Thursday, May 2, 2013

Further Preparation & Why Top Bar Hives?

Before we decided to get the beekeeping ball rolling, I had never heard of a top bar hive.  When I pictured a bee hive, I envisioned the popular Langstroth style (although I had no idea that was their name at the time) - wooden boxes stacked on top of each other, forming a tower.  They are what you see in some fields around here- clusters of Langstroth hives of differing heights gathered together as if having church.

When Jamey built our first hive last year I was surprised that it didn't look like the hives I had seen.  In fact, I had never seen a hive like it ever.  I trusted he must have known what he was doing.  And, as usual, I think he did.  He chose the top bar hive for two reasons. First, he liked the fact that you can harvest the honey without an extractor.  With standard frame-style combs, most people use an extractor which spins the frames, allowing centrifugal force to remove the honey.  These extractors can be expensive, cumbersome and difficult to clean- not very practical if you're interested in harvesting several small batches instead of doing it all at once.  With top bar hives, the comb (with the honey) is cut off, crushed to release the honey and allowed to drain through a sieve.  Requiring the honey bees to make new comb regularly stimulates their wax glands (a health benefit for the bee) and cycles out old comb that may harbor traces of disease, pesticides and pests.  And, we get the added benefit of harvesting beeswax as well.  Candles, anyone?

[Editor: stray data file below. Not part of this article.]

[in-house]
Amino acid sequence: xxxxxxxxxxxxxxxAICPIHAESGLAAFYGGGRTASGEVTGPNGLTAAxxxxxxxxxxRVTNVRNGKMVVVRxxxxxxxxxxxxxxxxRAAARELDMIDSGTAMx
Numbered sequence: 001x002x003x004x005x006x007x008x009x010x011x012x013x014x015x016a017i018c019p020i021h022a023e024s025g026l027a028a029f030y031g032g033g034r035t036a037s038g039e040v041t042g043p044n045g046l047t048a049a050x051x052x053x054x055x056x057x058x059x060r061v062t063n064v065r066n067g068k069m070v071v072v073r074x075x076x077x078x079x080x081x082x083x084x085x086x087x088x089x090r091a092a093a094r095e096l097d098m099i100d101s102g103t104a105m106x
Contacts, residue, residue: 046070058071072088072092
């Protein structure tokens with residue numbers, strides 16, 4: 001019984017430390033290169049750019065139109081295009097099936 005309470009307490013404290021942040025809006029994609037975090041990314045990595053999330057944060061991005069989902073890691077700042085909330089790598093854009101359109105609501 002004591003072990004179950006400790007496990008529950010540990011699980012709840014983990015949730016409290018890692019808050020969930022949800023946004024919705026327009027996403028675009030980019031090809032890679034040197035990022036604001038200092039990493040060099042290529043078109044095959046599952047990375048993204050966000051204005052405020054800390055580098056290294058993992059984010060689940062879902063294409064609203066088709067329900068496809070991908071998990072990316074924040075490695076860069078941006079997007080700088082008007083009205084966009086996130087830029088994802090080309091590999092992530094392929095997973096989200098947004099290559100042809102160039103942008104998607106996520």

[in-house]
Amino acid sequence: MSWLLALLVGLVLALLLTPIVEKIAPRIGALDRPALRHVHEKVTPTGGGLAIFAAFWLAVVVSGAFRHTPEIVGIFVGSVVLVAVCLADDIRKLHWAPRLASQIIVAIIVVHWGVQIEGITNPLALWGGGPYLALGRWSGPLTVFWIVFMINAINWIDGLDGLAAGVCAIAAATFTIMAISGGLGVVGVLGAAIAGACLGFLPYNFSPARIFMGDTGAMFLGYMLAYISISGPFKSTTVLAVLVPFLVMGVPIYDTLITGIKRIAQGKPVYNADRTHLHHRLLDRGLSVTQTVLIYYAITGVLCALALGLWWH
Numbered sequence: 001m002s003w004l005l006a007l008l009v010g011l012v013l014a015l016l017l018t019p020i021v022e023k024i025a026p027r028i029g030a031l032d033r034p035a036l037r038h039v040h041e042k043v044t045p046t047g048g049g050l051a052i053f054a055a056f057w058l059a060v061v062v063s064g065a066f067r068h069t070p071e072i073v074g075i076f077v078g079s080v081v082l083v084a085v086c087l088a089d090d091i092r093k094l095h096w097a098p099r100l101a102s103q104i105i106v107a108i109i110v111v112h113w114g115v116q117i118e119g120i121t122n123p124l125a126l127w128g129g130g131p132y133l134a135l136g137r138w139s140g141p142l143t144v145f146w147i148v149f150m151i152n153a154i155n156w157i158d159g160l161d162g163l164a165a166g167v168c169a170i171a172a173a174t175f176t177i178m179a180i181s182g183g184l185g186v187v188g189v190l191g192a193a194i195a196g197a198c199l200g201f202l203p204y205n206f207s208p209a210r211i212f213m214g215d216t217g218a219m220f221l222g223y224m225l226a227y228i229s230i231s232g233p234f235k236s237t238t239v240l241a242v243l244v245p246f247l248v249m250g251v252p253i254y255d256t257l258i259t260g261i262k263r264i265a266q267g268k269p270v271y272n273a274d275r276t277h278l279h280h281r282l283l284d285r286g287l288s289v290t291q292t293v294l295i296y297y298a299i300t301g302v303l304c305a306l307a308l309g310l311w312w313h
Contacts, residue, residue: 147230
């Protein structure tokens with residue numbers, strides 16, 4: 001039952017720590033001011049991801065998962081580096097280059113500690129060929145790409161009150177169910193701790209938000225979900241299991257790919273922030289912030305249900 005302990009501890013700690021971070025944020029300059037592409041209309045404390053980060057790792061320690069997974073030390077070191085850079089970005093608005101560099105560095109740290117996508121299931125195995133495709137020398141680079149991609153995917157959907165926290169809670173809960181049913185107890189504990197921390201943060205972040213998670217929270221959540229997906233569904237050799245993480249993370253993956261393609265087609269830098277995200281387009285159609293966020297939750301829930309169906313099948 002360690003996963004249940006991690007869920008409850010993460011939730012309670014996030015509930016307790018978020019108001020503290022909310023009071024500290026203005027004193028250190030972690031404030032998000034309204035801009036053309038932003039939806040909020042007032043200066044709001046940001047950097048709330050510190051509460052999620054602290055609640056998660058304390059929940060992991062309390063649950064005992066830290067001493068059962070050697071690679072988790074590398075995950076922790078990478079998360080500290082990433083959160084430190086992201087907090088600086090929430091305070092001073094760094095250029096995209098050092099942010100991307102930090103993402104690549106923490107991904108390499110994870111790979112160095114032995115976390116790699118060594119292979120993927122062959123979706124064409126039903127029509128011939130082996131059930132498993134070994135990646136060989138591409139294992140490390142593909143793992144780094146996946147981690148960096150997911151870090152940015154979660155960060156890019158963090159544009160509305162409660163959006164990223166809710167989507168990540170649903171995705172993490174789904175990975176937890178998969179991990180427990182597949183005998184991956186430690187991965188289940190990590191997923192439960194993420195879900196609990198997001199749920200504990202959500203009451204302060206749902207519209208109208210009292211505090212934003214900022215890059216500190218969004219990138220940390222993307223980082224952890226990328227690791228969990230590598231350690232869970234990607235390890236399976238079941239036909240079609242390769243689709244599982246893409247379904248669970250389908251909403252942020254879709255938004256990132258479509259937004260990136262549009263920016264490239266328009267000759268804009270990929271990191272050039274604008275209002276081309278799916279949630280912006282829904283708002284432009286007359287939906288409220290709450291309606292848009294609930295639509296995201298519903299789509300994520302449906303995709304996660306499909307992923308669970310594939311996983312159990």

Another reason he liked this style hive is because it is very inexpensive to make, can be made without treated wood (chemicals) and can/will be recycled if one day it's no longer in use.  But let's not go there before we've even begun!